The Gibson Man was, like the figure above, ruggedly handsome and well-dressed. He was modeled after Gibson’s friend, war correspondent and adventurer, Richard Harding Davis. The Gibson Girl was delicately beautiful and was reportedly modeled after Gibson’s wife, Irene Langhorne Gibson, and sister, Josephine Gibson Knowlton.

Both figures were unmistakably Caucasian.

The Gibson Girl was more than an idealized version of feminity. The Gibson Girl, along with the Gibson Man, was a model of what the newly-forming middle class could strive to be. They were both attractive, happy, and youthful…and they made it all seem so attainable. Her look was natural, although she did wear corsets to give her a slim waist and voluptuous bust and hips. Her hair was often carefully piled on top of her head with tendrils framing the delicate features of her face giving her an ethereal look. It didn’t take long for women to begin copying her hairstyle and dress. Life began to imitate art.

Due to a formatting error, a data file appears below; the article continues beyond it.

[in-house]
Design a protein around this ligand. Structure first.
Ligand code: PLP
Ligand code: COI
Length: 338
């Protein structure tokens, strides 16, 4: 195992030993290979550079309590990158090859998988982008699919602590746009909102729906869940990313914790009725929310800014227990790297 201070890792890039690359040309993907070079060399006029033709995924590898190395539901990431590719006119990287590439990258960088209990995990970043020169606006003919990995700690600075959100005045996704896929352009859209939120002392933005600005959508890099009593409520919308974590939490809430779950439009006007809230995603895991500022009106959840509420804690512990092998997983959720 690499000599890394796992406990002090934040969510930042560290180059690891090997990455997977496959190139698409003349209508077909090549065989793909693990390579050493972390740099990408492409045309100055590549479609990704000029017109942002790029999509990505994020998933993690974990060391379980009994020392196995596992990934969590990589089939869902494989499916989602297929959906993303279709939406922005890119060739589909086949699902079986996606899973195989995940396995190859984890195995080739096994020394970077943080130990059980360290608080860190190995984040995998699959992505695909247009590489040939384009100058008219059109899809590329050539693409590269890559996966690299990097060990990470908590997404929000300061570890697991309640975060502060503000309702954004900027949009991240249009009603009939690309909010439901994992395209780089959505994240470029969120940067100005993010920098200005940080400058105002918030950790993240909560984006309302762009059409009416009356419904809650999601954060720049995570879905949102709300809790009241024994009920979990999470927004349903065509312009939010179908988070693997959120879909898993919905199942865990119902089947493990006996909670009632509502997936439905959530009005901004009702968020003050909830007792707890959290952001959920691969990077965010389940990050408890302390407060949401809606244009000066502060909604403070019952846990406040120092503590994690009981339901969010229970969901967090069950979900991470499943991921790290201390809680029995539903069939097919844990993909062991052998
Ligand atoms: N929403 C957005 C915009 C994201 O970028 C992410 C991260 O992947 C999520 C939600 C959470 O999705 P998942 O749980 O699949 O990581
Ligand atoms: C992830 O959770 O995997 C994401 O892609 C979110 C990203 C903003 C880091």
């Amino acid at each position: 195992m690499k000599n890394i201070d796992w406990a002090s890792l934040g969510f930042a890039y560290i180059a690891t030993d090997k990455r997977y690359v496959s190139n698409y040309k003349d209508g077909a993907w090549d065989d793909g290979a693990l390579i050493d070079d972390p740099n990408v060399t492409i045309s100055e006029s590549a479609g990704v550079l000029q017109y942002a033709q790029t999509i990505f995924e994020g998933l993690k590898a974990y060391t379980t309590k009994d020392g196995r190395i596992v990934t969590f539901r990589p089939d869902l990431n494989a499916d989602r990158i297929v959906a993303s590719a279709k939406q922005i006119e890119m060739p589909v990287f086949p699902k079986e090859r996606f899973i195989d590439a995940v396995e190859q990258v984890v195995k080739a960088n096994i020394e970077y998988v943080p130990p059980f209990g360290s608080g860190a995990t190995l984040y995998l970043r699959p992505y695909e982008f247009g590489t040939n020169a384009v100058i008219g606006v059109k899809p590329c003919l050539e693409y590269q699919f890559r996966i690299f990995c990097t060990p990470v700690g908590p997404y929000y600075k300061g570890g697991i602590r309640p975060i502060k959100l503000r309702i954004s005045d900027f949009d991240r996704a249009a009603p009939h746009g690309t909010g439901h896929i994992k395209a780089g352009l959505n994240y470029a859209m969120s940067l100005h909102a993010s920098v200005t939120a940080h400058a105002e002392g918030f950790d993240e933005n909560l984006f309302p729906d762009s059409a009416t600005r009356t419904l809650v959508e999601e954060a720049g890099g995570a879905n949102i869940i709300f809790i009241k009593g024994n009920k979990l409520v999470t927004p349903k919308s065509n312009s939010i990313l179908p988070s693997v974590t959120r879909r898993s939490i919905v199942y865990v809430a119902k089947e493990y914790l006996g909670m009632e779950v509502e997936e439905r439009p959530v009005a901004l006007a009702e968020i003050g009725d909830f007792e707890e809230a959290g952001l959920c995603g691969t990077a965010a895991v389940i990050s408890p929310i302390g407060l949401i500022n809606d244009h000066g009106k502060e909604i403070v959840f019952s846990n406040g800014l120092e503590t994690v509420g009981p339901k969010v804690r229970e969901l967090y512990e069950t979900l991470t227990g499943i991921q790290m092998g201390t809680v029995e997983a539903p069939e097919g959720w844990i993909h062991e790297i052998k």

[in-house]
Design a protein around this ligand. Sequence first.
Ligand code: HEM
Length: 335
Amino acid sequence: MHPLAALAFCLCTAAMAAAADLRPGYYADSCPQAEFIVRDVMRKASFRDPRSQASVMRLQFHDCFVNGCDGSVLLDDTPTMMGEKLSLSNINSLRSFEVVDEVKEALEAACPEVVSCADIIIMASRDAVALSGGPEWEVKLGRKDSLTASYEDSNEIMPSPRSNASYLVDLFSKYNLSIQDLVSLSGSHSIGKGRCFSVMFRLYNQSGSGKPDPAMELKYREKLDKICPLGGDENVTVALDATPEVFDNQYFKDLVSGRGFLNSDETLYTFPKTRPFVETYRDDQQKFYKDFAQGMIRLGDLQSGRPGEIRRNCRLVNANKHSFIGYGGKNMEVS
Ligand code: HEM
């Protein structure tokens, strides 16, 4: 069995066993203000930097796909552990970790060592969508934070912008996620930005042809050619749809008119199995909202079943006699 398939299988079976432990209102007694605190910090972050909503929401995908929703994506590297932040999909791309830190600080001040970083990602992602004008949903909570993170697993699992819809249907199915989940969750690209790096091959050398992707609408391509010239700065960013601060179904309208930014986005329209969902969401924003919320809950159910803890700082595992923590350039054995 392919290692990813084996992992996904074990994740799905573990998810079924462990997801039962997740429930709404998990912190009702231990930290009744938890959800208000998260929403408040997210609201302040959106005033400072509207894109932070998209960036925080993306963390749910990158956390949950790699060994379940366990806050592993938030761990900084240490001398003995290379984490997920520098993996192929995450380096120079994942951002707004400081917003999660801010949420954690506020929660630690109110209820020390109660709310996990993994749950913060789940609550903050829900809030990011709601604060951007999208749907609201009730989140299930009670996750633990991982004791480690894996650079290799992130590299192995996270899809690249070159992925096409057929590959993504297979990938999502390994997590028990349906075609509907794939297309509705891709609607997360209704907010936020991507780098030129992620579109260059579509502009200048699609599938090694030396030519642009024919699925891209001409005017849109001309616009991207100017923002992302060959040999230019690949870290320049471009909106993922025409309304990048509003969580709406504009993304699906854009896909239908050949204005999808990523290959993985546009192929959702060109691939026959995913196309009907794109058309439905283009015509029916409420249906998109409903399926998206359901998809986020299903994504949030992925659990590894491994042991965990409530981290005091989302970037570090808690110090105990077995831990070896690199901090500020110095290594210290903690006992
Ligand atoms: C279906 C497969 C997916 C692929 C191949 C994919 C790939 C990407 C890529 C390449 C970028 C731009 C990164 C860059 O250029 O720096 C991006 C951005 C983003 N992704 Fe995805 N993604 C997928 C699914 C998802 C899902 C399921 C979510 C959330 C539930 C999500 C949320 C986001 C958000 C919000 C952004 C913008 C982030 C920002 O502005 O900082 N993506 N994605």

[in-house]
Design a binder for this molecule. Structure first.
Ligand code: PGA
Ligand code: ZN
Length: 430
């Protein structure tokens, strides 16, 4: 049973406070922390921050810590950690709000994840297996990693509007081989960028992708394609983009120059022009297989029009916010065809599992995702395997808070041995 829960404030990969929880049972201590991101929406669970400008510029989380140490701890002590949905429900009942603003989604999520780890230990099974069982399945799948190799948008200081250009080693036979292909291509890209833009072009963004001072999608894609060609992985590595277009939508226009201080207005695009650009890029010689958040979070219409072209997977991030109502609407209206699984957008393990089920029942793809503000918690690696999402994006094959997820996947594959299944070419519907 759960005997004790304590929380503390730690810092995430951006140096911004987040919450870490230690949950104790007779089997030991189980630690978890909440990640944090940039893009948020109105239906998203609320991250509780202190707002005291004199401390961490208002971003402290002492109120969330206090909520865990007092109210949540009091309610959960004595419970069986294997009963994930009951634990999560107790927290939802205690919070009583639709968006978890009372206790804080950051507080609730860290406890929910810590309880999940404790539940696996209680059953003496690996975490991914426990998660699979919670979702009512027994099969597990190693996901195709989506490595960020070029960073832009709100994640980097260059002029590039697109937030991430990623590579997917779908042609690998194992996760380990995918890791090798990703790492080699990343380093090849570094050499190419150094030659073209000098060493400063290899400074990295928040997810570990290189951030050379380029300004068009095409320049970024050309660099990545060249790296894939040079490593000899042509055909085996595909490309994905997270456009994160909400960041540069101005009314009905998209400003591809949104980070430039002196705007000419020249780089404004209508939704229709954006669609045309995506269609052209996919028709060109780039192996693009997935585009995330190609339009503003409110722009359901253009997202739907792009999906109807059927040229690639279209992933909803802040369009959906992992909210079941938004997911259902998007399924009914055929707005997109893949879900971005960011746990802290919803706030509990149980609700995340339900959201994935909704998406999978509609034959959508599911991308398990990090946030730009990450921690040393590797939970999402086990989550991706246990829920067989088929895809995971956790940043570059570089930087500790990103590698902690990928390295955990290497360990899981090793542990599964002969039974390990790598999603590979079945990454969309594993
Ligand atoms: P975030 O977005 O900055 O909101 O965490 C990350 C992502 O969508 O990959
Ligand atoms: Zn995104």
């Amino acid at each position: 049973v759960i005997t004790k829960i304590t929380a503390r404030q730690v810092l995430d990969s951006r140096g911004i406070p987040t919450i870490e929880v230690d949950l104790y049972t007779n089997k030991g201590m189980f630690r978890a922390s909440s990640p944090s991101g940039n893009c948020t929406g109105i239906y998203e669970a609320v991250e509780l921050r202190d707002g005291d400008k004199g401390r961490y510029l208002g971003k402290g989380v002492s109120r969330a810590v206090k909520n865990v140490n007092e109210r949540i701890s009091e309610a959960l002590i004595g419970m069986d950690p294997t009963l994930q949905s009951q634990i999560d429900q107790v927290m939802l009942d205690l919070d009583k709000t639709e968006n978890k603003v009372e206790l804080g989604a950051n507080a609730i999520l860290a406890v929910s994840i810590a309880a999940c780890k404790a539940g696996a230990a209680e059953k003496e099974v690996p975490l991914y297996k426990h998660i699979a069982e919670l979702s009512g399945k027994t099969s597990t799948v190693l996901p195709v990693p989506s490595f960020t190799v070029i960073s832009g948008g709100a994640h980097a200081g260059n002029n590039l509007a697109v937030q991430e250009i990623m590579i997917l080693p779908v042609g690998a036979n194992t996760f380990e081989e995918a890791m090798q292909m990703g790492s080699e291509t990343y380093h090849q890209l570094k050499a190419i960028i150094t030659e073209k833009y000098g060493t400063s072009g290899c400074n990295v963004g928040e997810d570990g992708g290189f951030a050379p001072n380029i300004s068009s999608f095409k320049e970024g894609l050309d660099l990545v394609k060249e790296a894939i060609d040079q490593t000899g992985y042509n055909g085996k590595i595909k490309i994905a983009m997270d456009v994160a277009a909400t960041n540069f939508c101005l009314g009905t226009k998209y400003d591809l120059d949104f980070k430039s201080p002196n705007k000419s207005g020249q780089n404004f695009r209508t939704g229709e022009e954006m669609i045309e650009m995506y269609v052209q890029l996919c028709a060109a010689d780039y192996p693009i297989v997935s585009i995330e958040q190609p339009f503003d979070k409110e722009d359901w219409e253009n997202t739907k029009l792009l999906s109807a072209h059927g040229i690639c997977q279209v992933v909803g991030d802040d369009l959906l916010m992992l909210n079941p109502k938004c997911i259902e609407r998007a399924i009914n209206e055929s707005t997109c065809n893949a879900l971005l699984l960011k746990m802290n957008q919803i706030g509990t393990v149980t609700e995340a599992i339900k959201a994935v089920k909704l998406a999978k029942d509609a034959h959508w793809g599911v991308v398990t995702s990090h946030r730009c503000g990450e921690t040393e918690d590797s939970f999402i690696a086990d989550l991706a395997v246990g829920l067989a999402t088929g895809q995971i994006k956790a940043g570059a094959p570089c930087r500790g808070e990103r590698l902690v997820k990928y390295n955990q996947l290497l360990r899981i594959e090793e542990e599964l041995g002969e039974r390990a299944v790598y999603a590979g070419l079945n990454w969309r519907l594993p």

The Gibson Girl was the “New Woman”

This woman participated in physical activities like tennis, golf, and bicycling. Gibson and other illustrators of the time promoted the idea that it was fashionable and, more importantly, socially acceptable for women to participate in physical activities. (Of course, they were often doing these activities in full skirts, long sleeves, and hats but we’re making progress here and that’s all I can ask for.)

Gibson Girls playing football

Sometimes Gibson even drew women playing football. “The Coming Game”, 1895. Image via Gary W. Clark.

The Gibson Girl was also interested in the arts. She played instruments, sang, and was often an artist herself. In several drawings, you can see a Gibson Girl sketching or painting.

She even served on juries! In the early 1900s, women very rarely served on juries, and even then, it was only if the defendant was female (rarer still). But in Gibson’s drawings, women and men served in almost equal numbers and in one drawing, seen below, the jury was all women.